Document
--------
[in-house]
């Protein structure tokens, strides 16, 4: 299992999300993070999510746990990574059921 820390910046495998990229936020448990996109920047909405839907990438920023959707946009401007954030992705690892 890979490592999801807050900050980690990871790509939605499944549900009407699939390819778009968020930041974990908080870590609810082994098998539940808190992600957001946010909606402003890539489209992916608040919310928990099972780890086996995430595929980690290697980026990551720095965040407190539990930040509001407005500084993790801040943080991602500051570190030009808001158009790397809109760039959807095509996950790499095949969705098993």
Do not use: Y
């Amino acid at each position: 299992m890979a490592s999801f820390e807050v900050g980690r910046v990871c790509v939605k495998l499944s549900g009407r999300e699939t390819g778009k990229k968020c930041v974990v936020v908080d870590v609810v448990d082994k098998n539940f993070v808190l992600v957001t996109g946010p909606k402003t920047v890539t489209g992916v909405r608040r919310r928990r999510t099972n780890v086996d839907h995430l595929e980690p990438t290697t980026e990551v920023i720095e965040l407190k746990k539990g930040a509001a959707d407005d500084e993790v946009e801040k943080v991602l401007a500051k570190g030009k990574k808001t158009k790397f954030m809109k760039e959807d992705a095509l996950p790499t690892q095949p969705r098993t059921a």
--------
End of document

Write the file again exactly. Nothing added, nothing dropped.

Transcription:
[in-house]
């Protein structure tokens, strides 16, 4: 299992999300993070999510746990990574059921 820390910046495998990229936020448990996109920047909405839907990438920023959707946009401007954030992705690892 890979490592999801807050900050980690990871790509939605499944549900009407699939390819778009968020930041974990908080870590609810082994098998539940808190992600957001946010909606402003890539489209992916608040919310928990099972780890086996995430595929980690290697980026990551720095965040407190539990930040509001407005500084993790801040943080991602500051570190030009808001158009790397809109760039959807095509996950790499095949969705098993």
Do not use: Y
């Amino acid at each position: 299992m890979a490592s999801f820390e807050v900050g980690r910046v990871c790509v939605k495998l499944s549900g009407r999300e699939t390819g778009k990229k968020c930041v974990v936020v908080d870590v609810v448990d082994k098998n539940f993070v808190l992600v957001t996109g946010p909606k402003t920047v890539t489209g992916v909405r608040r919310r928990r999510t099972n780890v086996d839907h995430l595929e980690p990438t290697t980026e990551v920023i720095e965040l407190k746990k539990g930040a509001a959707d407005d500084e993790v946009e801040k943080v991602l401007a500051k570190g030009k990574k808001t158009k790397f954030m809109k760039e959807d992705a095509l996950p790499t690892q095949p969705r098993t059921a």